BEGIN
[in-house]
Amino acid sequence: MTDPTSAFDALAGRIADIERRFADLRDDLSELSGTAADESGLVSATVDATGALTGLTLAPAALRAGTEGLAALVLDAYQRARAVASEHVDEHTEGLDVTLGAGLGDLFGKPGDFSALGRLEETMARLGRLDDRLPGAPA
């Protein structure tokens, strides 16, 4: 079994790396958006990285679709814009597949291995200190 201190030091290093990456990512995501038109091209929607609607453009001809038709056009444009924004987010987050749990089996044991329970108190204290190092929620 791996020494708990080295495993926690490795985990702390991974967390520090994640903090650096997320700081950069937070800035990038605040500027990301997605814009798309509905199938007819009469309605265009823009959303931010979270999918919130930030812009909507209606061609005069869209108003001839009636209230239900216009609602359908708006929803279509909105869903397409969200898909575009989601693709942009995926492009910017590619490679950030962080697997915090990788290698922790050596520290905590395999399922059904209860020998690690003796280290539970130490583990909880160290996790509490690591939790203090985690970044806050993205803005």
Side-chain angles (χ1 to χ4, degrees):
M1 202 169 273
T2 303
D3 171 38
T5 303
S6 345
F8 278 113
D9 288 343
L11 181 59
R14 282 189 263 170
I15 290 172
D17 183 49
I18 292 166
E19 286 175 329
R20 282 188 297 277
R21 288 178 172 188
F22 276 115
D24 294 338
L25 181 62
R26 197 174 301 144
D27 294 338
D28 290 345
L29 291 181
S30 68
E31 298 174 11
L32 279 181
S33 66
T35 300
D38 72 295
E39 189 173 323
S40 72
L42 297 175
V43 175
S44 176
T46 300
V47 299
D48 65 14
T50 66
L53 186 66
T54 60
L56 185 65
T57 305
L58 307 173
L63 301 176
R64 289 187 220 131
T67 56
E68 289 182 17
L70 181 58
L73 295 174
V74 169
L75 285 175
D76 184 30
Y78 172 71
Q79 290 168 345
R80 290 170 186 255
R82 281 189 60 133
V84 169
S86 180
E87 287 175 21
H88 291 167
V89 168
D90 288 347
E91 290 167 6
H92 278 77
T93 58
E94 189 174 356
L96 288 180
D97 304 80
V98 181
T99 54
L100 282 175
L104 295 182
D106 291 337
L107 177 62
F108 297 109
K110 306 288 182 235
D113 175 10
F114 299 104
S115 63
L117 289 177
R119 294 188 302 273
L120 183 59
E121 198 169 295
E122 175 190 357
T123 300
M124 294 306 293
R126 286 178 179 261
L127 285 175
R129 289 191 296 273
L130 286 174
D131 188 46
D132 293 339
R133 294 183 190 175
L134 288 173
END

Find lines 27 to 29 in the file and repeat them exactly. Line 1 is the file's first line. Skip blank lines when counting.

S30 68
E31 298 174 11
L32 279 181